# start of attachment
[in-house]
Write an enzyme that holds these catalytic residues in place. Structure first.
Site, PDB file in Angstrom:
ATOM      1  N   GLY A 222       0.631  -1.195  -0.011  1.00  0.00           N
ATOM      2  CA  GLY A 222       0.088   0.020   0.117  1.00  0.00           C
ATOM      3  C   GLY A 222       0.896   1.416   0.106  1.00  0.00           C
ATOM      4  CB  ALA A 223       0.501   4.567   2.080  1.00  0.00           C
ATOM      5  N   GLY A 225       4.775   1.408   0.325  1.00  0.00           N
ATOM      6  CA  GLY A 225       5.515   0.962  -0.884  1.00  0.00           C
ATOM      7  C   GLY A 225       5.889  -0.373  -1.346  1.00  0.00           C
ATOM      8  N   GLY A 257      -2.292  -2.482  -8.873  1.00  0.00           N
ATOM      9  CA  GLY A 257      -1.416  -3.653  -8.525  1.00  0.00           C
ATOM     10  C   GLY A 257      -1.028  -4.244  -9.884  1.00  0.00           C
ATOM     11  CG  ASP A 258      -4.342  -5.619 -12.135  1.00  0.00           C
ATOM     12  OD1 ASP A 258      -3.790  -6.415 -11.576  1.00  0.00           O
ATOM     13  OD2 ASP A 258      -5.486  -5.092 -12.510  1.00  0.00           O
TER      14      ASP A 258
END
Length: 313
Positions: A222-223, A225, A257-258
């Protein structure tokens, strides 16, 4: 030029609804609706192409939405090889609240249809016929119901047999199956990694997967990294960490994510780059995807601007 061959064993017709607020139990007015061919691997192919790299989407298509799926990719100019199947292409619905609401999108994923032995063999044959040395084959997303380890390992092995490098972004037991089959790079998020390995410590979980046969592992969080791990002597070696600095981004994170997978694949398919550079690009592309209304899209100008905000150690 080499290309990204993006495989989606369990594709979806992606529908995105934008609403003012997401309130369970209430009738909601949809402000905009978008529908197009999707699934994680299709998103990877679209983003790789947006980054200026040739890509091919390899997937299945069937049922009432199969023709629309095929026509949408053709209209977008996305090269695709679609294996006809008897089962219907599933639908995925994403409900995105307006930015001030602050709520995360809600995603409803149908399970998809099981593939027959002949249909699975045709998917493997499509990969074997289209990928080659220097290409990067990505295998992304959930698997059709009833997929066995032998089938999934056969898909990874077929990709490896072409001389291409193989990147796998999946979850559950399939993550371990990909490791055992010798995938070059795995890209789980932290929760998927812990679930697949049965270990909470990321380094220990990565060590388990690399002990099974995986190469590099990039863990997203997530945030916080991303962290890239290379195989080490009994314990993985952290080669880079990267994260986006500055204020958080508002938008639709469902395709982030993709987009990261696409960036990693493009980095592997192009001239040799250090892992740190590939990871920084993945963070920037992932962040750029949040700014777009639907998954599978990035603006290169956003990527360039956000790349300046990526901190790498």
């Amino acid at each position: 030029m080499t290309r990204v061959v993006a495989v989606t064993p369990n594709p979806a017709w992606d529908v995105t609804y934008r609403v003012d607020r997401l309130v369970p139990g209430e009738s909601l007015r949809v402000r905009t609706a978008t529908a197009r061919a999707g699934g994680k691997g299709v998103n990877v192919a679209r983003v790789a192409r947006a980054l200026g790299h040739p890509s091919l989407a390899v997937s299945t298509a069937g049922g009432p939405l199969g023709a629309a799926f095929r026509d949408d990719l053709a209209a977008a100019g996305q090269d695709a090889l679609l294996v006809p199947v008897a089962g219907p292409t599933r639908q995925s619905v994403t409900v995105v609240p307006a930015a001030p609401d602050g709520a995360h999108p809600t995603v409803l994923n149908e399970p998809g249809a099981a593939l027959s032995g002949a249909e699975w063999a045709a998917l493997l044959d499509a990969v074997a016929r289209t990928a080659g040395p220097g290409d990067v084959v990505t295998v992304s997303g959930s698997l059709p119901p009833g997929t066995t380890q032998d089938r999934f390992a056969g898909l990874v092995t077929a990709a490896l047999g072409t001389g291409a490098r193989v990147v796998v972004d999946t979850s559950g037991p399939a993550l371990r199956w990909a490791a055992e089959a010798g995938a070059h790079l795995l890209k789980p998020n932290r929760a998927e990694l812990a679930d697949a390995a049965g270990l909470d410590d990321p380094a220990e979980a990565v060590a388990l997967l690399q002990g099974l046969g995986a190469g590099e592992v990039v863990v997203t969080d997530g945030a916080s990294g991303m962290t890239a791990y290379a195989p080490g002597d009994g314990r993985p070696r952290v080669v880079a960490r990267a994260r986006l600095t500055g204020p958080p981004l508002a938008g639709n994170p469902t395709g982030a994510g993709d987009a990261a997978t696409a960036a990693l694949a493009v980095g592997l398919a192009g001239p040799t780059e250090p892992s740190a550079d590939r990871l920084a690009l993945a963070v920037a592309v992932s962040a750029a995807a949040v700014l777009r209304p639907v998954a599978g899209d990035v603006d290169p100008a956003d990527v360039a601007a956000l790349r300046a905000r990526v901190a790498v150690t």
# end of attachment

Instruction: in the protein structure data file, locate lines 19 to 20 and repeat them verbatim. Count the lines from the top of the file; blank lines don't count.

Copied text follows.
Length: 313
Positions: A222-223, A225, A257-258